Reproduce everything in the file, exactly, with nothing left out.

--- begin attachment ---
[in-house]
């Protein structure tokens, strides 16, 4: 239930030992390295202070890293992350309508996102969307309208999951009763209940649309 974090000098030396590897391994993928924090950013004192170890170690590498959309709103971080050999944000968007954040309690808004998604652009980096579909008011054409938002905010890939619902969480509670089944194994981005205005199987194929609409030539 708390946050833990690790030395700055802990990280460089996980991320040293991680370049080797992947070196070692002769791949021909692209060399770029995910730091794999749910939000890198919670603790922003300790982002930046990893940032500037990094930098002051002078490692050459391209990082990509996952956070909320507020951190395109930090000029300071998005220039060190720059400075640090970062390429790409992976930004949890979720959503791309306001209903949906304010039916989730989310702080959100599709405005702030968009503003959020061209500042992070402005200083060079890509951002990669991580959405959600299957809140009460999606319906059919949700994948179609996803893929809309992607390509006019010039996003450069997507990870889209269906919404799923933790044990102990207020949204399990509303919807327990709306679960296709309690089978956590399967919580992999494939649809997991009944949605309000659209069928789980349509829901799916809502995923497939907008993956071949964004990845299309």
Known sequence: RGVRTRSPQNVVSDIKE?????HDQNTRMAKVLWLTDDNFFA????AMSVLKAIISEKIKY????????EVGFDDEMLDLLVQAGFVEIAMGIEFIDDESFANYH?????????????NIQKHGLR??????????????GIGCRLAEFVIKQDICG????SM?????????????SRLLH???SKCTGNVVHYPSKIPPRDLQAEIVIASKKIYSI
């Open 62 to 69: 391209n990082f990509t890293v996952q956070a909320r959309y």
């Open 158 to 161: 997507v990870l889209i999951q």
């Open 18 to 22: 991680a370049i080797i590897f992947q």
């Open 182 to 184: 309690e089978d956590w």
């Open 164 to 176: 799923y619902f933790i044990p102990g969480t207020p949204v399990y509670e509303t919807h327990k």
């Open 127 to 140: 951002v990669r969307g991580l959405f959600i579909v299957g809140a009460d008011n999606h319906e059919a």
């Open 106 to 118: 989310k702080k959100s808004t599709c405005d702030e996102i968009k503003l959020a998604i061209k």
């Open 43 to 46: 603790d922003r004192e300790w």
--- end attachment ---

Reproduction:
[in-house]
């Protein structure tokens, strides 16, 4: 239930030992390295202070890293992350309508996102969307309208999951009763209940649309 974090000098030396590897391994993928924090950013004192170890170690590498959309709103971080050999944000968007954040309690808004998604652009980096579909008011054409938002905010890939619902969480509670089944194994981005205005199987194929609409030539 708390946050833990690790030395700055802990990280460089996980991320040293991680370049080797992947070196070692002769791949021909692209060399770029995910730091794999749910939000890198919670603790922003300790982002930046990893940032500037990094930098002051002078490692050459391209990082990509996952956070909320507020951190395109930090000029300071998005220039060190720059400075640090970062390429790409992976930004949890979720959503791309306001209903949906304010039916989730989310702080959100599709405005702030968009503003959020061209500042992070402005200083060079890509951002990669991580959405959600299957809140009460999606319906059919949700994948179609996803893929809309992607390509006019010039996003450069997507990870889209269906919404799923933790044990102990207020949204399990509303919807327990709306679960296709309690089978956590399967919580992999494939649809997991009944949605309000659209069928789980349509829901799916809502995923497939907008993956071949964004990845299309």
Known sequence: RGVRTRSPQNVVSDIKE?????HDQNTRMAKVLWLTDDNFFA????AMSVLKAIISEKIKY????????EVGFDDEMLDLLVQAGFVEIAMGIEFIDDESFANYH?????????????NIQKHGLR??????????????GIGCRLAEFVIKQDICG????SM?????????????SRLLH???SKCTGNVVHYPSKIPPRDLQAEIVIASKKIYSI
């Open 62 to 69: 391209n990082f990509t890293v996952q956070a909320r959309y």
């Open 158 to 161: 997507v990870l889209i999951q």
């Open 18 to 22: 991680a370049i080797i590897f992947q």
């Open 182 to 184: 309690e089978d956590w």
């Open 164 to 176: 799923y619902f933790i044990p102990g969480t207020p949204v399990y509670e509303t919807h327990k």
């Open 127 to 140: 951002v990669r969307g991580l959405f959600i579909v299957g809140a009460d008011n999606h319906e059919a």
């Open 106 to 118: 989310k702080k959100s808004t599709c405005d702030e996102i968009k503003l959020a998604i061209k």
């Open 43 to 46: 603790d922003r004192e300790w």